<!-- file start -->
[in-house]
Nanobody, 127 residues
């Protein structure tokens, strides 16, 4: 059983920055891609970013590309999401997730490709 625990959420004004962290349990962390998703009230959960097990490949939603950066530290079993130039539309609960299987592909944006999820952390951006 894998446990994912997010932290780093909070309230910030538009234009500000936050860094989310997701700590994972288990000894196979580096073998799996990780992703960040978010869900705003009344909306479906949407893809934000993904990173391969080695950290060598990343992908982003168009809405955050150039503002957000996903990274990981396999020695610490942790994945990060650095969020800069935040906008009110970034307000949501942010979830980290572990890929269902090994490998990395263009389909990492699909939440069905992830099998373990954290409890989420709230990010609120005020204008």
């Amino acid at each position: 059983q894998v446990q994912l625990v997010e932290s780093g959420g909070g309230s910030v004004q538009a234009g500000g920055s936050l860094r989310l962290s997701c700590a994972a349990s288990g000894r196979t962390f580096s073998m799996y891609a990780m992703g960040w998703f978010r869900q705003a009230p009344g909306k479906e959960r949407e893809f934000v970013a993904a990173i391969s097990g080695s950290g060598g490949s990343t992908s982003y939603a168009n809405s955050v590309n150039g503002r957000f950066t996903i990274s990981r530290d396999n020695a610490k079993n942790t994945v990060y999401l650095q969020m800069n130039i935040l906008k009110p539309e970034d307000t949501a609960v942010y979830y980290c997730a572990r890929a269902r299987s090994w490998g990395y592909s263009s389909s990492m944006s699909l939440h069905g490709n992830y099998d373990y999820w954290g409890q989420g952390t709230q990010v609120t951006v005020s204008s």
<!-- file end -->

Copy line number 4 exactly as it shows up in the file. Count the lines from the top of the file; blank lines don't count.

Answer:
């Amino acid at each position: 059983q894998v446990q994912l625990v997010e932290s780093g959420g909070g309230s910030v004004q538009a234009g500000g920055s936050l860094r989310l962290s997701c700590a994972a349990s288990g000894r196979t962390f580096s073998m799996y891609a990780m992703g960040w998703f978010r869900q705003a009230p009344g909306k479906e959960r949407e893809f934000v970013a993904a990173i391969s097990g080695s950290g060598g490949s990343t992908s982003y939603a168009n809405s955050v590309n150039g503002r957000f950066t996903i990274s990981r530290d396999n020695a610490k079993n942790t994945v990060y999401l650095q969020m800069n130039i935040l906008k009110p539309e970034d307000t949501a609960v942010y979830y980290c997730a572990r890929a269902r299987s090994w490998g990395y592909s263009s389909s990492m944006s699909l939440h069905g490709n992830y099998d373990y999820w954290g409890q989420g952390t709230q990010v609120t951006v005020s204008s």